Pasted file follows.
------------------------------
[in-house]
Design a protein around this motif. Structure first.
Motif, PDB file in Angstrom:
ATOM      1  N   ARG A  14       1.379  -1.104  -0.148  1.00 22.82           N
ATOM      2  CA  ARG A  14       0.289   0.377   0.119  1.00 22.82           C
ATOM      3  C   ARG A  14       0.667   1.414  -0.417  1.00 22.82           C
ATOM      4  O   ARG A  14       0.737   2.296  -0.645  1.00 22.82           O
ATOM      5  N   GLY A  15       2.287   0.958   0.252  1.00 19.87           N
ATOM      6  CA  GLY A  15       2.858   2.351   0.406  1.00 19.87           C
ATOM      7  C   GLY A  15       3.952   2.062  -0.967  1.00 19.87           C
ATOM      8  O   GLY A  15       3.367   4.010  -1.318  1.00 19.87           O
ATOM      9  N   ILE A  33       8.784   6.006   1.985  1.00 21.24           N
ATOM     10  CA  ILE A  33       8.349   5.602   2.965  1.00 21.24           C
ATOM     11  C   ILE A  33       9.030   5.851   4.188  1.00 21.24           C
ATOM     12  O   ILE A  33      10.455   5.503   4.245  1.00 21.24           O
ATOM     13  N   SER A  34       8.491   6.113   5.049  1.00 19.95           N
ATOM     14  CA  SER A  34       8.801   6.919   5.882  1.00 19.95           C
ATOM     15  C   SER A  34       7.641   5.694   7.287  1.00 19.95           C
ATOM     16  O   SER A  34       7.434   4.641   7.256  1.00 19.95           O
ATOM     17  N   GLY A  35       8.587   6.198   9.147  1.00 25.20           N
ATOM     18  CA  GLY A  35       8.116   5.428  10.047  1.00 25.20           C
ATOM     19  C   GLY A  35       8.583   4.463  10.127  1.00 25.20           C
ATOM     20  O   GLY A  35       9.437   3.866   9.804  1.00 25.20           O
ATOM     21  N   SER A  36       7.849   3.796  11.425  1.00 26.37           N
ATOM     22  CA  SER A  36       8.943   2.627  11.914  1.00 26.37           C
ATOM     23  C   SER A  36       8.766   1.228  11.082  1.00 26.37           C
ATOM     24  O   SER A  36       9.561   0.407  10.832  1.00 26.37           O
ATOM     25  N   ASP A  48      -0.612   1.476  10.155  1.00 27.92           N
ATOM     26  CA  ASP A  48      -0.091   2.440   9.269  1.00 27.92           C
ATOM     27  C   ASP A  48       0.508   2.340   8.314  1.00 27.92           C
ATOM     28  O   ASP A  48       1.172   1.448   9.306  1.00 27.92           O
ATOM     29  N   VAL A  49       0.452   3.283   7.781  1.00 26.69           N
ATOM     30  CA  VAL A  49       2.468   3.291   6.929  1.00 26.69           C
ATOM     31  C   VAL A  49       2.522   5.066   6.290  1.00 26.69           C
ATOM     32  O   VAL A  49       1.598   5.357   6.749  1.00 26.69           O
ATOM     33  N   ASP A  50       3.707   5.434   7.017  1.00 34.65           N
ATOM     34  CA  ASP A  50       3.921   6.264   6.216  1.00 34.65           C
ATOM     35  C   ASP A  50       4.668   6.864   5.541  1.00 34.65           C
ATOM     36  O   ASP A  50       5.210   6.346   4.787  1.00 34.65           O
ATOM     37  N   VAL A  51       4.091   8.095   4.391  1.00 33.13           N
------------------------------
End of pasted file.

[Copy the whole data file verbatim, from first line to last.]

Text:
[in-house]
Design a protein around this motif. Structure first.
Motif, PDB file in Angstrom:
ATOM      1  N   ARG A  14       1.379  -1.104  -0.148  1.00 22.82           N
ATOM      2  CA  ARG A  14       0.289   0.377   0.119  1.00 22.82           C
ATOM      3  C   ARG A  14       0.667   1.414  -0.417  1.00 22.82           C
ATOM      4  O   ARG A  14       0.737   2.296  -0.645  1.00 22.82           O
ATOM      5  N   GLY A  15       2.287   0.958   0.252  1.00 19.87           N
ATOM      6  CA  GLY A  15       2.858   2.351   0.406  1.00 19.87           C
ATOM      7  C   GLY A  15       3.952   2.062  -0.967  1.00 19.87           C
ATOM      8  O   GLY A  15       3.367   4.010  -1.318  1.00 19.87           O
ATOM      9  N   ILE A  33       8.784   6.006   1.985  1.00 21.24           N
ATOM     10  CA  ILE A  33       8.349   5.602   2.965  1.00 21.24           C
ATOM     11  C   ILE A  33       9.030   5.851   4.188  1.00 21.24           C
ATOM     12  O   ILE A  33      10.455   5.503   4.245  1.00 21.24           O
ATOM     13  N   SER A  34       8.491   6.113   5.049  1.00 19.95           N
ATOM     14  CA  SER A  34       8.801   6.919   5.882  1.00 19.95           C
ATOM     15  C   SER A  34       7.641   5.694   7.287  1.00 19.95           C
ATOM     16  O   SER A  34       7.434   4.641   7.256  1.00 19.95           O
ATOM     17  N   GLY A  35       8.587   6.198   9.147  1.00 25.20           N
ATOM     18  CA  GLY A  35       8.116   5.428  10.047  1.00 25.20           C
ATOM     19  C   GLY A  35       8.583   4.463  10.127  1.00 25.20           C
ATOM     20  O   GLY A  35       9.437   3.866   9.804  1.00 25.20           O
ATOM     21  N   SER A  36       7.849   3.796  11.425  1.00 26.37           N
ATOM     22  CA  SER A  36       8.943   2.627  11.914  1.00 26.37           C
ATOM     23  C   SER A  36       8.766   1.228  11.082  1.00 26.37           C
ATOM     24  O   SER A  36       9.561   0.407  10.832  1.00 26.37           O
ATOM     25  N   ASP A  48      -0.612   1.476  10.155  1.00 27.92           N
ATOM     26  CA  ASP A  48      -0.091   2.440   9.269  1.00 27.92           C
ATOM     27  C   ASP A  48       0.508   2.340   8.314  1.00 27.92           C
ATOM     28  O   ASP A  48       1.172   1.448   9.306  1.00 27.92           O
ATOM     29  N   VAL A  49       0.452   3.283   7.781  1.00 26.69           N
ATOM     30  CA  VAL A  49       2.468   3.291   6.929  1.00 26.69           C
ATOM     31  C   VAL A  49       2.522   5.066   6.290  1.00 26.69           C
ATOM     32  O   VAL A  49       1.598   5.357   6.749  1.00 26.69           O
ATOM     33  N   ASP A  50       3.707   5.434   7.017  1.00 34.65           N
ATOM     34  CA  ASP A  50       3.921   6.264   6.216  1.00 34.65           C
ATOM     35  C   ASP A  50       4.668   6.864   5.541  1.00 34.65           C
ATOM     36  O   ASP A  50       5.210   6.346   4.787  1.00 34.65           O
ATOM     37  N   VAL A  51       4.091   8.095   4.391  1.00 33.13           N